Kincart: The Right Way to Honor Victims of COVID-19


(Photo by J. Prather | Daily Utah Chronicle)

By Sydney Kincart, Print Chief, Opinion Writer


To honor those who have died of COVID-19, Gov. Spencer Cox ordered that on Jan. 19, the bells at the State Capitol ring 15 times in honor of the 1,500 Utahns who have died since March 2020. Utah recently ranked in the top five states with the worst COVID-19 rates. If we really want to honor those who died to COVID-19, policies should be put in place to prevent such extreme rates. We’re currently experiencing our first full general legislative session during the pandemic, and our legislature has the chance to change Utah’s pandemic response. The best way to honor those who have died to COVID-19 is through action and policy — not symbolic appeals.

Administrative Action

Looking back to last semester, students should have been required to take a COVID test weekly if not biweekly. It is essential that the virus be caught by a test in the short period it can be detected to avoid major spreading. This allows for more precise contact tracing and isolating. Dr. Emily Spivak, Associate Professor of Medicine in the Division of Infectious Diseases, spoke to me about its larger implications. “It’s pretty clear from universities and campuses across the country that have some sort of regular testing for students and faculty that they actually have lower rates of COVID,” she said.

Yet, the state abandoned its plans requiring all college students to take weekly tests. Although students living on campus are required to be tested weekly, this isn’t happening at all other universities in Utah. Many COVID-19 spikes started with young people, so testing them is an important way to prevent spread. Because the state failed us by giving up routine testing requirements, it’s up to universities to act. Universities need to act now and start testing their students at least once a week. This process must be followed by clear guidelines for reporting symptoms and timely contact tracing effort. Regular testing means little without a good contact tracing system since the virus is prone to spreading.

Legislative Action

We need to recognize that simply applauding the efforts of people through a resolution isn’t enough. H.C.R 6, Concurrent Resolution Recognizing COVID-19 Efforts, is yet another symbolic example. Instead, we must actively support those who assist us throughout the pandemic. Passing S.B. 1, Public Education Base Budget Amendments, would give back to teachers. These amendments, among other actions, offer a stipend to educators. Although the stipend is minimal, any support is good support.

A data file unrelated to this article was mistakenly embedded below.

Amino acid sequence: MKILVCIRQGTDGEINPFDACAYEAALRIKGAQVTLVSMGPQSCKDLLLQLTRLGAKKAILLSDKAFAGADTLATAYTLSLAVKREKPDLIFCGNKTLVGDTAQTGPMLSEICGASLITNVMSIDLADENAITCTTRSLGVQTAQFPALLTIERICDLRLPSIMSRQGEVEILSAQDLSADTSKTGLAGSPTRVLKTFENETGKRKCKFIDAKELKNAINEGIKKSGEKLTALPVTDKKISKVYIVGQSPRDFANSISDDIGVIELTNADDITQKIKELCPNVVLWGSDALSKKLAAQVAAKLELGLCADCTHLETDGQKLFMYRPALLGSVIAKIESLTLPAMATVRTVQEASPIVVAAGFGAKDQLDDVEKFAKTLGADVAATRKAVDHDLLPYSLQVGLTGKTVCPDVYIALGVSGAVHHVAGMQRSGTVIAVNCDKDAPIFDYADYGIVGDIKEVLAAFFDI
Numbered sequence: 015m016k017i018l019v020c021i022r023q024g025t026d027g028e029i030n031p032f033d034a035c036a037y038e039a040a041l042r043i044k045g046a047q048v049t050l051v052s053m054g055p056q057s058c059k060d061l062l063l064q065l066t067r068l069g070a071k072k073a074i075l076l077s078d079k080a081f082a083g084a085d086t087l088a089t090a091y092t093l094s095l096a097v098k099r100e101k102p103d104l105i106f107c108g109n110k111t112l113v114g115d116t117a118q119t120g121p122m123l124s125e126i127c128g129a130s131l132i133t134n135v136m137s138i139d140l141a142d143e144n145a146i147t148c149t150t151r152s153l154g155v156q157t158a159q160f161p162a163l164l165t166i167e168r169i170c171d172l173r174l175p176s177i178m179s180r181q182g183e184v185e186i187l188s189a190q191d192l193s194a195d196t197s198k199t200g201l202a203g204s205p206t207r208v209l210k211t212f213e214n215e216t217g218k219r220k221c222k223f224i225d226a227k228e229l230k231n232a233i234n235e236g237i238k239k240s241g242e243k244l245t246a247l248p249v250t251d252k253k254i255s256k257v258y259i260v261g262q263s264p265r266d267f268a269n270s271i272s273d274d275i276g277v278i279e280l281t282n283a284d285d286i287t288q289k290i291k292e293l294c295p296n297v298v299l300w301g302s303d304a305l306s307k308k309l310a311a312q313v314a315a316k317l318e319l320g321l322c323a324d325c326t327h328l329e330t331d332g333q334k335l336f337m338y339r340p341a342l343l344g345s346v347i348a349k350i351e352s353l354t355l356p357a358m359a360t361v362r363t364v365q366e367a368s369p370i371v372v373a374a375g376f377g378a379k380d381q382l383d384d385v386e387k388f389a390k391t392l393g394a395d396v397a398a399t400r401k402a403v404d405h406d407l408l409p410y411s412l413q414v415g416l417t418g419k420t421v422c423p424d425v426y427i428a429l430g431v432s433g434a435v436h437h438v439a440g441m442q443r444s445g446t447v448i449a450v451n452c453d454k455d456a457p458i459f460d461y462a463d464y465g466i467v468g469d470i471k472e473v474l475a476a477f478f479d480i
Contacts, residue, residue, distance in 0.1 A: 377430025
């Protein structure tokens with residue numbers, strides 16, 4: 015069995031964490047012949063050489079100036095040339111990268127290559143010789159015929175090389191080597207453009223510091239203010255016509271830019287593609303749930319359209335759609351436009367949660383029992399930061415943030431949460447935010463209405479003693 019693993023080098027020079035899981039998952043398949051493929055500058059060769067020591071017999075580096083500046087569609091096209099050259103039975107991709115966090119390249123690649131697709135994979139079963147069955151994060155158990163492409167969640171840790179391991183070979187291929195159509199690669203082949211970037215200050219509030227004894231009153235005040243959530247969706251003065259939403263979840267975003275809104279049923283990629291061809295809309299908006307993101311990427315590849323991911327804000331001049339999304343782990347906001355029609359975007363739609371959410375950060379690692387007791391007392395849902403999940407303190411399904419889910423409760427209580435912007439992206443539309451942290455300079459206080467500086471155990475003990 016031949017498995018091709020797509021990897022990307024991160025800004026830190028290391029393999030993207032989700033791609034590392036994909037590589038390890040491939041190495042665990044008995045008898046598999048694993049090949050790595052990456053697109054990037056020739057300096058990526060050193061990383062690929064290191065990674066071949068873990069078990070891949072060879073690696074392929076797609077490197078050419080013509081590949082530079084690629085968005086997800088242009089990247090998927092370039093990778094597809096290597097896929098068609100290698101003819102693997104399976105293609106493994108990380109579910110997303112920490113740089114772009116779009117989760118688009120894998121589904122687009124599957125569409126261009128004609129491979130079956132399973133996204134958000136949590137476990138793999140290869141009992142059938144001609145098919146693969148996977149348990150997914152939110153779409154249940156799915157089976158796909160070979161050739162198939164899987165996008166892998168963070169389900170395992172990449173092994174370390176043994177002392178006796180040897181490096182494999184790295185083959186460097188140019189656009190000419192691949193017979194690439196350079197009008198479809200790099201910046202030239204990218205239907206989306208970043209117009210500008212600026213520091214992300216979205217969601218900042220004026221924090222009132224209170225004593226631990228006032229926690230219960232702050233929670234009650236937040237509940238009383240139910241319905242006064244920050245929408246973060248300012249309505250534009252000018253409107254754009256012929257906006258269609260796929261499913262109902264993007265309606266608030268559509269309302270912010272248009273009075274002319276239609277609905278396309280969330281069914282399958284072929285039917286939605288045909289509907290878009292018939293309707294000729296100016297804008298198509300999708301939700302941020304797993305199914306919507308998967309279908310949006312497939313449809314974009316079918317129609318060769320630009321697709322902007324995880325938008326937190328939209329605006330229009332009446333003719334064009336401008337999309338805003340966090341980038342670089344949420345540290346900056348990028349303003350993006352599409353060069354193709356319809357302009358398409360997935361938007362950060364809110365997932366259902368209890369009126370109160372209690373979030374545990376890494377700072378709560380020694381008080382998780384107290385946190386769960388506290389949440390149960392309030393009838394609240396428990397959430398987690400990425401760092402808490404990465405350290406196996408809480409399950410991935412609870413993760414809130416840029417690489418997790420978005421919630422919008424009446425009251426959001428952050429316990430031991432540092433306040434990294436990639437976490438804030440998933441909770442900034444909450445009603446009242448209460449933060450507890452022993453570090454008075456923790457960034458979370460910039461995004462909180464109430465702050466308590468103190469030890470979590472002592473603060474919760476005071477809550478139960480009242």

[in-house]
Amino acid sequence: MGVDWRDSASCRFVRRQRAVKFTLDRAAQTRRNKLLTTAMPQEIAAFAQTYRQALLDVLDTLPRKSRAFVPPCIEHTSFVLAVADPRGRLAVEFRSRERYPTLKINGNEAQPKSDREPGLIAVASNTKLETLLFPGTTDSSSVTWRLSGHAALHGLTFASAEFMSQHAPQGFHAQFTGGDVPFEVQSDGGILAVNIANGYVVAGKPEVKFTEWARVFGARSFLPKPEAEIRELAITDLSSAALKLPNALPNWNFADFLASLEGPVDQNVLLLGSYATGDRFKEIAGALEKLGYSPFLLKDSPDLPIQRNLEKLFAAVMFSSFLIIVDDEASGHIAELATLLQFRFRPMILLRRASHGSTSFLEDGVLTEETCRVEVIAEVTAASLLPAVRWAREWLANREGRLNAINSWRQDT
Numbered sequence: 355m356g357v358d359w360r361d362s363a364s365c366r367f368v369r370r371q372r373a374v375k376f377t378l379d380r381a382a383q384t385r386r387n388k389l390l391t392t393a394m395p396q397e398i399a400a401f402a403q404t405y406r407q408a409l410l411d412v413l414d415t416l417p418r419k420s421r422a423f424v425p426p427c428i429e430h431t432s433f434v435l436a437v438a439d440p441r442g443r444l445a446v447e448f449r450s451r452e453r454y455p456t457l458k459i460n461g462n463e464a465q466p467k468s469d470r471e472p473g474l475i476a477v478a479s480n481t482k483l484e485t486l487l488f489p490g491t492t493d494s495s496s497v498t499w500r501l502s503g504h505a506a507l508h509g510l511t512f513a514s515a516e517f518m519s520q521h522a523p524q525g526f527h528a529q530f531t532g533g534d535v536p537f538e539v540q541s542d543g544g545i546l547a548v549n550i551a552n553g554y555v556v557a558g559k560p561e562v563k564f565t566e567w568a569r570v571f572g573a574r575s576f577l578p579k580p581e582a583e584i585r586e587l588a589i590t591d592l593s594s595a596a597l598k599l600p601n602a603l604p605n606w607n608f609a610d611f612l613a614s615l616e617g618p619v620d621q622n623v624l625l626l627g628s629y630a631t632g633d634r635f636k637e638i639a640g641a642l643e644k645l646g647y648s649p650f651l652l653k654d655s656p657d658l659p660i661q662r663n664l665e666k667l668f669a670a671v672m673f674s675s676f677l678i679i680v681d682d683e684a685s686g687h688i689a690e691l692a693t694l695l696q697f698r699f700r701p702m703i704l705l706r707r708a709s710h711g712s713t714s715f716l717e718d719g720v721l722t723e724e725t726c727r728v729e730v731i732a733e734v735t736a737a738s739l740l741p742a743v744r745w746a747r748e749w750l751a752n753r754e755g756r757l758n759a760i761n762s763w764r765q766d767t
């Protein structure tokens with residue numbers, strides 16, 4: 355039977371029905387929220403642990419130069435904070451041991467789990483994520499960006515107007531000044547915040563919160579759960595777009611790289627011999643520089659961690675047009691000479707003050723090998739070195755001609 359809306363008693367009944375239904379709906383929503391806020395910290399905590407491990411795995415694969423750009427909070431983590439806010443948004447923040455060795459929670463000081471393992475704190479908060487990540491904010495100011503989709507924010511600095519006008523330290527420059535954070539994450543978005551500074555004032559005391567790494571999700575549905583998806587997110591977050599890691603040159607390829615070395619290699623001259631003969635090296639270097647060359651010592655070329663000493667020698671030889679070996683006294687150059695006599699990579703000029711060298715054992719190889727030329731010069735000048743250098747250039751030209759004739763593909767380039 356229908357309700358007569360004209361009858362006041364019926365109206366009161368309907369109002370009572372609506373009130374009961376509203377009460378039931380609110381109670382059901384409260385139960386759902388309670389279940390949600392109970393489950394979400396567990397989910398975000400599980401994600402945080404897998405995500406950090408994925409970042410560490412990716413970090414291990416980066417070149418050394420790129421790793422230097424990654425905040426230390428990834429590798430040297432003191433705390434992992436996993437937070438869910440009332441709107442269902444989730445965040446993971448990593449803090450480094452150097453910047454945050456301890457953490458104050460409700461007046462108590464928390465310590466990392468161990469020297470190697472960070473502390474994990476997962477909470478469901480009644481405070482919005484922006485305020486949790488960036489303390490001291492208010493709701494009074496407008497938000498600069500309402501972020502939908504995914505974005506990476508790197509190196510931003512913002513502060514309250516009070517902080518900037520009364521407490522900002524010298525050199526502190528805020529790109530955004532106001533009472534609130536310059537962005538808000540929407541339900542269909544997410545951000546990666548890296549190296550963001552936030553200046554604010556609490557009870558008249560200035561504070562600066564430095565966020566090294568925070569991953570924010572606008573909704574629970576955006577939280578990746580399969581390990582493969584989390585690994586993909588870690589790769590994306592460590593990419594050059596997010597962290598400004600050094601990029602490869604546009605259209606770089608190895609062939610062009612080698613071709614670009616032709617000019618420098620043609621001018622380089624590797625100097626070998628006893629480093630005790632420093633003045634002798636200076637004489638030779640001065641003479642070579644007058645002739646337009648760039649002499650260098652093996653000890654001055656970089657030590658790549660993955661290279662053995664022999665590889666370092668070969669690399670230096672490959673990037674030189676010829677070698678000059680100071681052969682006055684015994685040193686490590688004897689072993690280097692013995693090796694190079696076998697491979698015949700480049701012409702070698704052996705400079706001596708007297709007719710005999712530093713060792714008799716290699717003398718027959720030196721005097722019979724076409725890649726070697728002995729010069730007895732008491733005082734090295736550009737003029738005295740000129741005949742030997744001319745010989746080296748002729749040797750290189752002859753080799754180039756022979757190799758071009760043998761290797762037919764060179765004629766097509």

It’s also important that H.J.R 4, Joint Resolution Approving Acceptance of Federal Funds, is passed. Passing this bill means that we accept the funds offered by the federal government to help Utah’s fight against COVID-19. That being said, our legislature must do more. Prioritizing affordable healthcare is yet another way to help constituents weather the pandemic. For instance, insulin must be made affordable to help a population that is at a greater risk for contracting the virus. I urge the legislature to look at the disparities present in this pandemic and find ways to support the most vulnerable populations.

Executive Action

When the pandemic started, then-Lt. Governor Spencer Cox was appointed to lead the state’s coronavirus task force. Cox’s initial drive towards preventative action has now dwindled into trivial symbolic actions. Right now, Cox should enforce a mask mandate. Although he is quoted encouraging people to “upgrade the quality of your masks,” we need to see more than just talk. Masks will be important for the duration of the pandemic, regardless of whether some people are vaccinated.

A mask mandate is imperative because the new strain of COVID-19 is potentially more contagious, and as such scientists have recommended double masking — Dr. Spivak recommended that students’ cloth masks have multiple layers to combat the more contagious strains. We saw what happened when the governor waited too long to issue a mask mandate — our hospitals neared capacity. The same goes for the ban on casual social gatherings. Cox should learn from the mistakes of former Governor Herbert and take immediate executive action on these preventative measures in order to see cases decrease. This is essential if we want to eventually see an end to the pandemic.

Utah has lost too many lives to COVID-19. It’s important we honor those lives through more than just symbolic recognition. These policies, whether administrative, executive or legislative, should be aimed at preventing infections and supporting workers. Let’s hold our officials accountable for implementing policy solutions to combat COVID-19 and support those most affected by it.


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